How and Why We Read: Crash Course English Literature #1

Hi I’m John Green and this is Crash Course.
Can we get these books to roll in in the future? It doesn’t feel like Crash Course unless
there’s a roll in. [Theme Music] Today, before we begin our mini-series on
reading and writing in English, we’re going to discuss how to read and why.
So, if you watched our series on world history, you’ll no doubt remember that writing (and the ability
to read it) are so-called markers of civilization. Now, that’s a really problematic idea. I mean, for one thing, great stories can have great lives in the oral tradition. Like, one of my favorite books, Mules and Men by
Zora Neale Hurston, was a collection of folklore that lived in the oral tradition until Zora
Neale Hurston wrote it down. And the same can be said for another of my
favorite books, The Odyssey. But we privilege reading and writing because
they allow us to communicate directly and transparently with people who live very far
away from us, and they also allow us to kind of hear the voices of the dead.
I mean, I don’t want to get all liberal arts-y on you, but I want to make this clear;
for me, stories are about communication. We didn’t invent grammar so that your life
would be miserable in grade school as you attempted to learn what the Marquez a preposition
is. By the way, on this program, I will be inserting names of my favorite writers when
I would otherwise insert curse words. We invented grammar because without prepositions,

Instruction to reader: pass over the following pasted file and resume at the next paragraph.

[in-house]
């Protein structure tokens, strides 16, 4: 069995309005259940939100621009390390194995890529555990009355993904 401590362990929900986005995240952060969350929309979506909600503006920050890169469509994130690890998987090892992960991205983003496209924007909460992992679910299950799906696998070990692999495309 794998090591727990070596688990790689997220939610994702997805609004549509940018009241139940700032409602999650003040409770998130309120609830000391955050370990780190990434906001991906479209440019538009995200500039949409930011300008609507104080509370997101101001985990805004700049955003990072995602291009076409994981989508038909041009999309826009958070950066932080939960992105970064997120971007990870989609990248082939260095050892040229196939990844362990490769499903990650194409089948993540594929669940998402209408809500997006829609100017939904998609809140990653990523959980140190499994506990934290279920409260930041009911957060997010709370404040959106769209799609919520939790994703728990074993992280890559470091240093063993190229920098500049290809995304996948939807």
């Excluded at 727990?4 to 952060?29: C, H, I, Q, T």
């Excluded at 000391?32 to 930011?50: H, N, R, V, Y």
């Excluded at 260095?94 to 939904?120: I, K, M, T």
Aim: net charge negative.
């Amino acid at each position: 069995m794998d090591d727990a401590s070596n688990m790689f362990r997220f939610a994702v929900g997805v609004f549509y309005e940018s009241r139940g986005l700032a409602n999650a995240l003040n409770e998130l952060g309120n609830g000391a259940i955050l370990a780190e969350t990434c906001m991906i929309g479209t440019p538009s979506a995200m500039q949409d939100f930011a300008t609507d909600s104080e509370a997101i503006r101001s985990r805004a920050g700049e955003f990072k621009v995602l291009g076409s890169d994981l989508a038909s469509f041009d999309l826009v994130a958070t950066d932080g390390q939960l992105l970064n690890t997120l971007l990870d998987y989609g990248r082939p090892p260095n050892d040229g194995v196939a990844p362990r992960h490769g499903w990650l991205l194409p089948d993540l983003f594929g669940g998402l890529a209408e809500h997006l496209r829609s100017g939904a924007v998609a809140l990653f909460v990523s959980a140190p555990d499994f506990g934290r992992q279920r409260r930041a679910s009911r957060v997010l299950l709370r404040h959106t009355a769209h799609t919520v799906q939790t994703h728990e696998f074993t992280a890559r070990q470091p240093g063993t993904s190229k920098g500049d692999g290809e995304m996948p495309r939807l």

we couldn’t describe what it’s like to fly through a cloud, or jump over a puddle,
or Faulkner beneath the stars. Like, right now, if I’m doing my job, and
you’re doing your job, you aren’t thinking about the fact that I’m contorting my mouth
and tongue and vocal chords to create sounds that then exist as ideas in your brain; it’s
just happening. But if my language gets confusing — if I parles
en francais or incorrect word order use or eekspay inyay igpay atinlay, then I erect
a barrier between you and me. You and I? You and me.
Writing–or at least good writing–is an outgrowth of that urge to use language to communicate
complex ideas and experiences between people. And that’s true whether you’re reading
Shakespeare or bad vampire fiction, reading is always an act of empathy. It’s always
an imagining of what it’s like to be someone else. So when Shakespeare uses iambic pentameter, or Salinger uses a red hunting cap, they aren’t
doing this so that your English teachers will have something to torture you with.
They’re doing it, at least if they’re doing it on purpose, so the story can have
a bigger and better life in your mind. But, for the record, the question of whether they’re
doing it on purpose is not a very interesting question. Oh, we’re still doing open letters? An Open Letter to Authorial Intent. But first,
let’s see what’s in the secret compartment today. Oh, it’s a boat beating against the current,
borne back ceaselessly into the past. Dear authorial intent, As an author, let me
speak to you directly. You don’t matter. Look, I’m not willing to go as far as the
postmodernists and say that the author is dead because that would make me very nervous.
However, the author is not that important. Whether an author intended a symbolic resonance
to exist in her book is irrelevant. All that matters is whether it’s there because the
book does not exist for the benefit of the author. The book exists for the benefit of
you. If we, as readers, could have a bigger and
richer experience with the world as a result of reading a symbol and that symbol wasn’t
intended by the author, we still win. Yes, inevitably, reading is a conversation
between an author and a reader. But give yourself some power in that conversation, reader. Go
out there and make a world. Best wishes,
John Green Here’s the thing: It is extremely hard to
get other people to feel what we are feeling. Like, you may have experienced this in your
own life. Say my college girlfriend broke up with me…and she did.
I want to explain what I’m feeling to my best friend in the entire world. So I say,